Regents may reexamine UMN’s reciprocity agreement

The Board of Regents discussed tuition increases, alternative revenue and state funding at a retreat Wednesday.

President Eric Kaler speaks during the University's Board of Regents meeting on Friday, Sep. 14 at the McNamara Alumni Center.

Jack Rodgers

President Eric Kaler speaks during the University’s Board of Regents meeting on Friday, Sep. 14 at the McNamara Alumni Center.

Madeline Deninger

The University of Minnesota is running out of alternative revenue sources to avoid tuition increases, officials say. 

President Eric Kaler met with board members at a Board of Regents retreat Wednesday in Chaska to discuss decreasing state support, alternative revenue sources and tuition, among other things. Board members said without adequate state funding, the University will need to consider “bold” solutions to prevent sharp resident tuition hikes, including examining the school’s current reciprocity agreements. 

State support as a percentage of the University’s budget has decreased over the past decades. DFL Gov. Tim Walz recently proposed the state fund $39.2 million of the school’s $87 million biennial budget ask. Under this proposal, resident undergraduate tuition could rise as much as 6 percent, Kaler said. 

“I think it’s clear state support has been declining, but we haven’t done everything we can do to find alternative forms of revenue besides raising tuition, which I’m opposed to,” said Regent Michael Hsu in an interview. 

Regents also pointed out growing competition with the Minnesota State system, which received equal or less funding than the University system until 2015.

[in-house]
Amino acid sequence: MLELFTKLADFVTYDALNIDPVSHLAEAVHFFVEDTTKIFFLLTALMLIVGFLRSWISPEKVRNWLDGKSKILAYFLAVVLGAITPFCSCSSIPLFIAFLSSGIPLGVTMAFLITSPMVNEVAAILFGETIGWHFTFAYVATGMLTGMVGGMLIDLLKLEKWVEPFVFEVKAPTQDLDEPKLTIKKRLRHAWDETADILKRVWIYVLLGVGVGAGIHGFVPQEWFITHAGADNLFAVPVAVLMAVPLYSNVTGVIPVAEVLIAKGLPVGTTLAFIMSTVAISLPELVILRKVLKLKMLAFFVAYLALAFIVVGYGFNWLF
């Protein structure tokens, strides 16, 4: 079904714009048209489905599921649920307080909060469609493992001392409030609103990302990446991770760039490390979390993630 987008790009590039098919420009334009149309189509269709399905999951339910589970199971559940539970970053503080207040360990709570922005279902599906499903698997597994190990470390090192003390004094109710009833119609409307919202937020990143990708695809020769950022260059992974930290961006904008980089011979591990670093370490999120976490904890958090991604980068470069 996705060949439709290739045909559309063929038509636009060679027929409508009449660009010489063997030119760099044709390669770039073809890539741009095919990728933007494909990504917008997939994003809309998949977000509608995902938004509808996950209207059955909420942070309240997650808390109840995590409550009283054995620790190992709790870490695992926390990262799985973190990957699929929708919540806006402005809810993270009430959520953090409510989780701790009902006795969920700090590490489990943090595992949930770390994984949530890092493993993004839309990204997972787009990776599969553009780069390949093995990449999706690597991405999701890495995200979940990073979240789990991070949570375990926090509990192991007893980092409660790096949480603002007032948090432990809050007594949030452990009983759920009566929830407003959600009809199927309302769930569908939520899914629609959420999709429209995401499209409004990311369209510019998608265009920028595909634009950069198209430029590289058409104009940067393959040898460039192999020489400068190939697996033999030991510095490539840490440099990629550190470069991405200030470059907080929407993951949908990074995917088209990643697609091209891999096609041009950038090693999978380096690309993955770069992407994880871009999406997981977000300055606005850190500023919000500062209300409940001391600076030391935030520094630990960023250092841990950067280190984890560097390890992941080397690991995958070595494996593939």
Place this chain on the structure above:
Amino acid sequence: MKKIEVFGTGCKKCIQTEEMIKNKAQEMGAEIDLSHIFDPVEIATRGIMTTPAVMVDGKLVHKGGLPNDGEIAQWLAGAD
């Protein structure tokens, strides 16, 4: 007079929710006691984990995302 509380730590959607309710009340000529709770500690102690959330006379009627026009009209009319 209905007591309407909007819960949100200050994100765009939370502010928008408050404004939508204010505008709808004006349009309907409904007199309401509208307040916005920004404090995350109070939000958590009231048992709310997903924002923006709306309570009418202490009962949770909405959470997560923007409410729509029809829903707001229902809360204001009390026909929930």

To prevent resident tuition from rising too fast in the absence full state funding, regents said the school needs to find alternative sources of revenue. 

“We need to be very bold and very dramatic in our budget,” said Regent Steve Sviggum. 

Kaler said the University has exhausted many of its alternative revenue sources, citing the school’s initiative to cut administrative costs, the University’s partnership with Fairview Health Services, external sales and the Driven fundraising campaign. 

“What have we done? … We’ve got to diversify our sources of income. What can we do? Well, let’s launch a big philanthropic campaign. We’ve done that. Let’s grow external sales in services numbers. There’s a limited capacity for us to do that,” Kaler said. “Let’s revisit our agreement with the people who run our hospital and our medical school and see if we can get more money out of them. Well, we did that. … What else can we do? … We can try to reduce overhead costs and administrative costs. We’ve done that. I’m out of things to do.” 

Kaler said the school needs to consider further increases for non-resident, non-reciprocity students and changes to the University’s reciprocity agreement with North Dakota, South Dakota, Wisconsin and Manitoba. This agreement is administered by the Minnesota Office of Higher Education in collaboration with the governor, the University of Minnesota, the Minnesota State system and the state Legislature. 

Board of Regents Chair David McMillan said eliminating reciprocity could bring in more non-resident, non-reciprocity tuition dollars and provide more opportunities for Minnesota residents to attend the University. 

“That’s the biggest slice sitting out there that affects our ability to grow NRNR, that affects our ability to get the kid in from Fergus Falls who can’t get in today,” he said. 

While conversations are still in early stages, Kaler said it’s a worthwhile discussion for the board. 

“You talk about doing something bold, that’s a bold thing,” he said.